Laurie Ventry is fantastic in the James McGonigal role, credited only as ‘The Biographer.’ David McKay’s Edwin is a lovable character, visually frail yet still energetic and youthful as he reminisces about days gone by and ponders that hard hitting question: could a person lead two utterly different lives without either self being aware of the other? We realise that this is exactly how Edwin Morgan lived: a quiet lifestyle to please his parents and a dangerous lifestyle of risk-taking and illegal love.

A production that is sometimes laugh out loud funny yet also touching and heart-warming, Edwin Morgan’s Dreams and Other Nightmares is an atmospheric and abstract piece, aided greatly by Dave Shea’s lighting design and Ross Brown’s haunting music, that gives one a sense of closure and a satisfying insight to Morgan’s life and the inspirations behind some of his most memorable work.

3.5*s

Runs until Saturday 2nd August

*National Poet

REVIEW: In My Father’s Words, Tron Theatre

This review was originally written for and published by The Public Reviews and can be viewed here.

As the opening ceremony of Glasgow’s Commonwealth Games rapidly approaches, the Tron Theatre is gearing up in style with Justin Young’s new play In My Father’s Words. Tender, bittersweet and beautifully written, the Dundee Rep Ensemble presents a cultural celebration of nationality, identity, language and the undiminishable links between these factors.

Louis is a university lecturer of Classics whose translation of the epic Homer poem The Odyssey is four and a half years overdue. Estranged from his father, Don, who is rapidly declining into dementia, Louis searches for a carer to look after Don as his speech becomes irregular and difficult to distinguish. He employs Flora as a day time carer and reluctantly returns to his childhood home to ensure Don is safe by night. Flora quickly identifies Don’s apparent ramblings as Gaelic – a complete surprise to Louis who insists his father is a full blooded Canadian and would have no reason to speak the “dead language.” Nevertheless, Flora continues to speak to Don in fragmented Gaelic whilst Louis progresses on his translation. As Homer’s Telemachus journeys to discover more about his father through the memories of those who met him, Flora’s curious persistence and guidance sheds light upon remnants of Don’s memories and reveals the secrets of his past.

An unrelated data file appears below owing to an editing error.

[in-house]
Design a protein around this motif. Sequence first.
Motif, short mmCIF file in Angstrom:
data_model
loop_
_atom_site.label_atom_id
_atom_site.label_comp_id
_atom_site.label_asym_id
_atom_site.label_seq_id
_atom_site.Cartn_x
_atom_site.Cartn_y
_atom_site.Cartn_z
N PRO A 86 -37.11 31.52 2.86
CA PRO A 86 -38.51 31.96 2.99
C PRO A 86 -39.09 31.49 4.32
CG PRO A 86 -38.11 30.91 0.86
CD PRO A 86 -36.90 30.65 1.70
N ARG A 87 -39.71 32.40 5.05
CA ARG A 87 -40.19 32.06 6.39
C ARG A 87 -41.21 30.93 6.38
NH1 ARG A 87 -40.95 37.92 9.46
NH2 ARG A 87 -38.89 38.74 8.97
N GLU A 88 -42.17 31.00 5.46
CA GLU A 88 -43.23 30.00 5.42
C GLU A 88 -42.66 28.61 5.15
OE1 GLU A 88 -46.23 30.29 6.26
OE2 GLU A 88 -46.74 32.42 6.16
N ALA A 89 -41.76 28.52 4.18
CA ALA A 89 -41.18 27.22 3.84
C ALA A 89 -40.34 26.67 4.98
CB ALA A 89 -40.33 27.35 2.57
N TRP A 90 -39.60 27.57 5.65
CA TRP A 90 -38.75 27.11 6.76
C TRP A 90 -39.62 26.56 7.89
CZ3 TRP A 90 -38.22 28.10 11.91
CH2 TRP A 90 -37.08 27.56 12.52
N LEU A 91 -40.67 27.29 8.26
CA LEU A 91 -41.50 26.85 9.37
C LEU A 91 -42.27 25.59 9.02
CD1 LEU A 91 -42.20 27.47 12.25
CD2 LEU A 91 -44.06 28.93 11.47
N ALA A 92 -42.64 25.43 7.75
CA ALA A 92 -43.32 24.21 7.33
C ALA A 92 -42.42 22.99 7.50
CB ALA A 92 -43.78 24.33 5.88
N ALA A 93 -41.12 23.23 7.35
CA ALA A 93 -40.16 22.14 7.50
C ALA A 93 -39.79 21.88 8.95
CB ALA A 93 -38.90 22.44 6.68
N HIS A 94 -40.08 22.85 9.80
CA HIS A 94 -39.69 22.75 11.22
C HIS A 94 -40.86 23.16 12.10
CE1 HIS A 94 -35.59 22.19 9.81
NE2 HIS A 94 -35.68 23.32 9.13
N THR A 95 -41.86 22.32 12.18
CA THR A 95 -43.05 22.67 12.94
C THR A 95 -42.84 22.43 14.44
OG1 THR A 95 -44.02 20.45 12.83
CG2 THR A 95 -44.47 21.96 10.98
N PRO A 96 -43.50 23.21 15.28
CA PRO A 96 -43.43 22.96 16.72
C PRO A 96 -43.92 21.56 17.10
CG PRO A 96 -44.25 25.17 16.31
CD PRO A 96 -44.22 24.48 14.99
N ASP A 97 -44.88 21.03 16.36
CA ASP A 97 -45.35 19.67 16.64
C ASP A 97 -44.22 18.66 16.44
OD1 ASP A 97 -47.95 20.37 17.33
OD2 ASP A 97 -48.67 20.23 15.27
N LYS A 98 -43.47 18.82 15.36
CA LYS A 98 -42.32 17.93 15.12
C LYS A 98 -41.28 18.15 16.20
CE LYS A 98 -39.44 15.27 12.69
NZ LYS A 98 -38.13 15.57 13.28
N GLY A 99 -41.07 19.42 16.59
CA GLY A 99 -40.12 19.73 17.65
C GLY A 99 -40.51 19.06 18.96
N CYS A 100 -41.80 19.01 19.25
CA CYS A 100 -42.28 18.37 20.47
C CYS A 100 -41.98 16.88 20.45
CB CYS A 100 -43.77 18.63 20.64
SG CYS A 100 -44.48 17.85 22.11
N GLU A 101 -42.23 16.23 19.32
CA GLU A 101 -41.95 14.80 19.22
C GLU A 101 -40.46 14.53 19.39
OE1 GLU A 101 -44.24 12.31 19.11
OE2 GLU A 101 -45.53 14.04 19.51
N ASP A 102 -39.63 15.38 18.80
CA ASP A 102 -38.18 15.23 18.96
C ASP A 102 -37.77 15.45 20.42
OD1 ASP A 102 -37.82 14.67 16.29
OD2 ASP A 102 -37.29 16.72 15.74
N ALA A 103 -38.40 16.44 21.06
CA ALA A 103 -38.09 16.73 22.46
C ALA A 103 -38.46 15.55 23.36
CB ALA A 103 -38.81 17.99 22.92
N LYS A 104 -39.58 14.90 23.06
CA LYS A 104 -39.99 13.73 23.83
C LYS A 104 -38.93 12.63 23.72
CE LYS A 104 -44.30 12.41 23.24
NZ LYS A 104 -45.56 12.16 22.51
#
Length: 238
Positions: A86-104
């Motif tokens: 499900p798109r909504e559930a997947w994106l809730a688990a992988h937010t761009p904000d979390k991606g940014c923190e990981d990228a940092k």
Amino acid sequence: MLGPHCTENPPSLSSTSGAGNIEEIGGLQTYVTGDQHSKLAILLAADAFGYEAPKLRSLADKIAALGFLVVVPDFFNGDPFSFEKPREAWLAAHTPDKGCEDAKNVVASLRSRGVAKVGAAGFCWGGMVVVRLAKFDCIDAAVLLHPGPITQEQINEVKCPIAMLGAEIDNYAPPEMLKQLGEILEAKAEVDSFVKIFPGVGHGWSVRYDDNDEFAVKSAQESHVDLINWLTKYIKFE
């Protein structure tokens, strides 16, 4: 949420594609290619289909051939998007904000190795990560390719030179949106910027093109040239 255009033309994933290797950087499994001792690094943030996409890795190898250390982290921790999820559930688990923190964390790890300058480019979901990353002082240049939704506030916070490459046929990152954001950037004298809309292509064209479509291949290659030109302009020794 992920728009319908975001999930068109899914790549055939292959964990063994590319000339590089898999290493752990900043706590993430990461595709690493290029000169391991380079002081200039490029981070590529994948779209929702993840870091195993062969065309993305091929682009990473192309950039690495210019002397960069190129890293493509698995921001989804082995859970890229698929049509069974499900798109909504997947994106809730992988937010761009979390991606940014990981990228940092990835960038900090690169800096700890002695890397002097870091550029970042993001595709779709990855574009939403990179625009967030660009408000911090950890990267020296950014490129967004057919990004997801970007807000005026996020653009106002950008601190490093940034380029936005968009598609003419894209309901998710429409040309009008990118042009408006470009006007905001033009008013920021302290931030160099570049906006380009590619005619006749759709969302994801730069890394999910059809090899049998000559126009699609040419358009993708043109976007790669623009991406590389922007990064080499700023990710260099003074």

Designed by Fiona Watt, the set is overwhelmingly wooden and incredibly effective. Accompanied by an AV design consisting of lapping waves, the audience are never far from the suggestion that Louis and Don’s relationship is unsettled and uncertain. Engaging and enlightening, the show slips slightly during transitions between scenes. Although necessary, these moments seem to drag a little too long. Music by Jon Beales perfectly complements the tone of the play.

The small cast of three are superb. Angus Peter Campbell is particularly mesmerising as Don whilst Lewis Howden and Muirean Kelly are outstanding as Louis and Flora respectively.

A thought-provoking piece of theatre, In My Father’s Words leaves one considering the power of language, the barriers it may create yet also the rewards it can provide. Playwright Justin Young states in the programme notes that a dramatist lives for the moment when their character takes on a life of their own; this is Justin Young’s moment.